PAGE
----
The rear axle and suspension are a totally new design, featuring diagonal semi-trailing control arms. The rear axle carrier is bolted directly to the rear axle differential to form a single rigid unit.
The front of the axle carrier is attached to mounting brackets by two bonded rubber bushings. The brackets are then bolted to the body.
At the rear, the final drive is attached to the body crossmember by a single bonded rubber bushing.
The rear suspension struts have been designed with new springs and dampening rates to match the new rear suspension.
The bushings that attach the rear axle carrier pivot, thus countering the steering effect of the rear axle.
During cornering, when the rear axle is subjected to lateral forces, the bushings deflect to minimize toe changes at the rear wheels.
The entire assembly moves in an arc with the rear differential bushing as the center point.
The two front mounting bushings are a two piece design. They are shaped to allow two air gaps.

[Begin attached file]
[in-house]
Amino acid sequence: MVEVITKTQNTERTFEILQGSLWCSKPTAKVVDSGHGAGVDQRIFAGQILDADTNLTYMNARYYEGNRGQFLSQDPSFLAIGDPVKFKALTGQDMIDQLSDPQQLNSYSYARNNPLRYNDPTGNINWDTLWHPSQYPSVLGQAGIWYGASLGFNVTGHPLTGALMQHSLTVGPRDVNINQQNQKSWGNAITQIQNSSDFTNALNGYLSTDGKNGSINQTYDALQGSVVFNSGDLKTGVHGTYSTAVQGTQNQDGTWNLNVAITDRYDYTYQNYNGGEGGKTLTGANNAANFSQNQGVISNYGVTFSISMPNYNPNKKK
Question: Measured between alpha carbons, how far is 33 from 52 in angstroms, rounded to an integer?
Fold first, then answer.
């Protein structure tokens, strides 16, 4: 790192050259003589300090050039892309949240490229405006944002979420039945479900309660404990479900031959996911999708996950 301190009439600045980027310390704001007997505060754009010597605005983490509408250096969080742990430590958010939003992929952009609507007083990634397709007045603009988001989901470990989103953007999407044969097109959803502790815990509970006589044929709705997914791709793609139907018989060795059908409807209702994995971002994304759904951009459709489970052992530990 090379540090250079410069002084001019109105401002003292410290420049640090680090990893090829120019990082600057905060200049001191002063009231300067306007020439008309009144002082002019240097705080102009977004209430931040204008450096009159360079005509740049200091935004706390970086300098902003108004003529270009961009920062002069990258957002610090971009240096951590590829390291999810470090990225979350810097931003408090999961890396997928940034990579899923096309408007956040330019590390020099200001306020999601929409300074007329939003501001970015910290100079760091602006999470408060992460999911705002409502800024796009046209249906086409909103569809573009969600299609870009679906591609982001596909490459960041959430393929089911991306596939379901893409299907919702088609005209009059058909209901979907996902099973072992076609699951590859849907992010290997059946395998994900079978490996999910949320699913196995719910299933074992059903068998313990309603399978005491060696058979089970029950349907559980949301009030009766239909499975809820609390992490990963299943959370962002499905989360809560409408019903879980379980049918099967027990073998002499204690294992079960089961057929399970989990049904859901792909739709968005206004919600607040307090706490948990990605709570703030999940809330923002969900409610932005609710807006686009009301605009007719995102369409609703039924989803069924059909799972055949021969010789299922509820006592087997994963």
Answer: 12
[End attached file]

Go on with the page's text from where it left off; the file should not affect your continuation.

During replacement, these bushings must be carefully installed because of their importance to the operation of the track correcting feature.
Each side of the axle carrier itself is bolted to a bracket which is then bolted to the body. The three holes in each mounting bracket are elongated to allow for toe adjustments to the rear axle assembly.
When removing the axle carrier, the mounting brackets need not be removed from the body. The axle carrier should be unbolted at the bonded rubber bushings. This will maintain rearwheel alignment after reassembly.
The rear axle differential is bolted to the rear axle carrier. If the rear axle carrier has to be removed, the rear axle differential will have to be removed with it, and separated afterwards. During removal of the rear axle carrier, the control arms can remain attached to the struts.
The two centering grooves (arrows) must point outward 40deg as seen from the longitudinal centerline of the vehicle.
When replacing the bushings,special tool 3128 is used to pull each half of the bushing in separately.
The track correcting feature of the rear axle relies on a central pivot point for the suspension.
There is a single rubber bushing at the rear of the differential to provide this function.
During replacement of this bushing, the wider side of the metal center piece (arrow) must be at right angles (90deg) to the two threaded sleeves so that the track correcting action of the rear axle is not adversely affected.